There are a very few who know the exact
location of Hollow Leg. Most are old men
now, doddering about on legs as rubbery as
the waders they wore in those days of high
expectations and delicious evenings of fish
catching. Oh my, weren't they grand times
indeed. Our clan of piscators would assemble
in a late Friday afternoon or early evening
at Keystone Landing on Michigan's Au Sable
river. Prime country for comfortable sized
brookies and browns.
Ideally set between three streams actually,
the Main, the South Branch and the North Branch.
Each one as different as possible and yet all
merging into one of the most famous streams
in the annuls of angling.
The South Branch, rugged heavy water, tea
stained from tannin as it surged recklessly
through gnarled cedar swamps as it drove on
to join the Main. The delicate North Branch,
dainty, tinkling waters, at times wide enough
to fish both sides by wading the center of the
stream, but not often. And the namesake, the
Main Stream. Driving directly out of Grayling
hell bent for the eastern shore of lake Huron,
taking no prisoners, digging deeper and wider
as it continued to pick up creeks and creeklets
on it's charge for big waters.
A very predictable host of insects, not too
many but always enough to make the trouts
poke their noses out and sniff our offerings.
Over the years we learned their tricks and
honed our trade and the plan often came
together very well indeed.
There were not many of us, these Friday
fleeing fly flingers, but we were as
stubbornly consistent as whiskers. Each
weekend would find a high percentage of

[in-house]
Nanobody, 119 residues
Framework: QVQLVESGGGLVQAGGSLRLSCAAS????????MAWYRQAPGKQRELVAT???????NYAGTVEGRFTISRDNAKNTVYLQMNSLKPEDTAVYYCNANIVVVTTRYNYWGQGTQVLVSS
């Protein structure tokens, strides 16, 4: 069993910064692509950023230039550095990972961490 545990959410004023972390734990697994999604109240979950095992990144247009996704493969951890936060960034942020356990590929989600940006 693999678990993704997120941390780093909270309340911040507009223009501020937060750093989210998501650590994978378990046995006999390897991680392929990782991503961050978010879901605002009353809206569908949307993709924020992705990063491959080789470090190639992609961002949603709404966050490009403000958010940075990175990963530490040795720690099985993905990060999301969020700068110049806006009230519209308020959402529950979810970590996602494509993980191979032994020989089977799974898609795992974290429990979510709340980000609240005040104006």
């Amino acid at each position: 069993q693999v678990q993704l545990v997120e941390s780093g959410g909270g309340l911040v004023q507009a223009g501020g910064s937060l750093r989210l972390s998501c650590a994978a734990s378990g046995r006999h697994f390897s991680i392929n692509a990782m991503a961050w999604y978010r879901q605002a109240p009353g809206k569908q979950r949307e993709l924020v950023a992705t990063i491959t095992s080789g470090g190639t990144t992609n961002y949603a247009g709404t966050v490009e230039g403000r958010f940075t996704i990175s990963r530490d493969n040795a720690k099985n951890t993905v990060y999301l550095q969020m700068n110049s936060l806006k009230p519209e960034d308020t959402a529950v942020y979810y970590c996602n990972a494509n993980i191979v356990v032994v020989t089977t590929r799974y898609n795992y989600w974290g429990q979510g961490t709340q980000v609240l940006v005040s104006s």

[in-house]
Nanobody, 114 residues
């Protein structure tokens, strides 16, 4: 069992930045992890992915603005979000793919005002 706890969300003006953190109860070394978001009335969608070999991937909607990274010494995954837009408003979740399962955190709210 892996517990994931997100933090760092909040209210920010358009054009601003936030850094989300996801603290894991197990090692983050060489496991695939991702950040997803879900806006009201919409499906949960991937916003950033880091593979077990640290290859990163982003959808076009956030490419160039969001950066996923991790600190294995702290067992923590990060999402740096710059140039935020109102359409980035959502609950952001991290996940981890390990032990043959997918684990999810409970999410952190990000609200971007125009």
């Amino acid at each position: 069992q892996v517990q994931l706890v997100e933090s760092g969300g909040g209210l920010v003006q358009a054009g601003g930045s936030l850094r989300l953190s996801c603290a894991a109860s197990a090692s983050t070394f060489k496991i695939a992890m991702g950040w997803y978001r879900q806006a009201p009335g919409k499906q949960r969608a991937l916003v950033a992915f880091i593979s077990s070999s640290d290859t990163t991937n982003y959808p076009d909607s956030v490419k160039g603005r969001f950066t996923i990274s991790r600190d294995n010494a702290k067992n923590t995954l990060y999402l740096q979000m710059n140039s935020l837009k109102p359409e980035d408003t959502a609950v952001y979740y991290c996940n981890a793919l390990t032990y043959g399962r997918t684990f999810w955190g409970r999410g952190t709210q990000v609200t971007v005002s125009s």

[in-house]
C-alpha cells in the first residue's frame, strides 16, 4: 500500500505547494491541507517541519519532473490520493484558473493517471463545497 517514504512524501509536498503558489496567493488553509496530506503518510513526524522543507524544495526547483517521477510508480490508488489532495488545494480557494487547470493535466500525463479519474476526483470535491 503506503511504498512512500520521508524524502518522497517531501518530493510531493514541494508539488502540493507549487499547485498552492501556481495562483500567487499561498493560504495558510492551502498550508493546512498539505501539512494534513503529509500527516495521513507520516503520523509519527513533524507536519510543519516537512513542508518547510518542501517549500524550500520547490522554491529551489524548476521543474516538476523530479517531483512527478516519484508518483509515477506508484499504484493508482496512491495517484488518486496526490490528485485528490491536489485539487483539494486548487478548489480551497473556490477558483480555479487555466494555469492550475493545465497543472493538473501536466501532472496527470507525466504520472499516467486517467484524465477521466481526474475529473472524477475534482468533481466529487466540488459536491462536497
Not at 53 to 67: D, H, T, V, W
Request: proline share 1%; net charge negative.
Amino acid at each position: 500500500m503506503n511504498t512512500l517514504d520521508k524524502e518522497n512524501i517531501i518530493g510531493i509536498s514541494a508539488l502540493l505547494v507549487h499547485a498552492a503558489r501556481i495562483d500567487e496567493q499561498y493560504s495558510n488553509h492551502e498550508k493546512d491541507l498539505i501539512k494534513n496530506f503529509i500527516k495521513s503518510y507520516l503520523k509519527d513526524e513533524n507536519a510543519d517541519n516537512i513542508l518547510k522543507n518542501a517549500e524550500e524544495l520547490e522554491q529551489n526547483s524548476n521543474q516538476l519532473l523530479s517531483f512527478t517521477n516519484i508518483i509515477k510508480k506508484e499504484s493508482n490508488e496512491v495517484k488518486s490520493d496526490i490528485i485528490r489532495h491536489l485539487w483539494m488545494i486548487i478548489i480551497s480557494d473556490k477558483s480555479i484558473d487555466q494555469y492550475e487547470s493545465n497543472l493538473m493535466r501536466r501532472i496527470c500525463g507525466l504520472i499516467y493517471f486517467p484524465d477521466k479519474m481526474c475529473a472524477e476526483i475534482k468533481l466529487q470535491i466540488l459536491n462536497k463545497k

our rag-tag bunch assembled at the campground.
One main campfire, not big, small enough so
a few could pull up a folding stool, log,
hunk of firewood, cooler or nothing and
hunker around it. A well blackened coffee
pot always sat on a rock at the edge of
Over time we came to know each twist and
turn of what became our favorite stretches
of water. And we did not all have the same
favorites either, which is I guess understandable
considering the diverse make up of our group.
It's been a while but let me try as best I
can. We had Bob, an over the road long-range trucker,
tall and pleasant guy, great with camp duties.
Seemed to take to splitting wood with a vengeance,
good man to have around.
There was Pat, he came all the way from the
Chicago area, slept in his V.W. bug. Must
have been a terrible way to spend the weekend
but he never once squawked about it. He fished
a Payne or a Leonard, can't remember which,
had a huge reel on the thing, said it just
rocked back and forth in his hand. I always
figured he was at least one Adams short of a
Neil was there of course. Neil the naturalist,
the botanist, the entomologist. College trained
he was, Cranbrook Inst. down by Detroit I think.
If it was outdoors, animal, mineral or vegetable,
he knew all about it. We became the best of friends
for many years. He had a wife, she fished a little
but mostly 'kept camp' for the rest of us.
There was an ad executive for a big agency in
Detroit, Tom would make it about every other
weekend. Kept to himself a bit, fine man with
his Leonard, smooth caster and always could be depended
upon to annoy a trout or two when the occasion
Dean of course. Who could ever forget Dean. He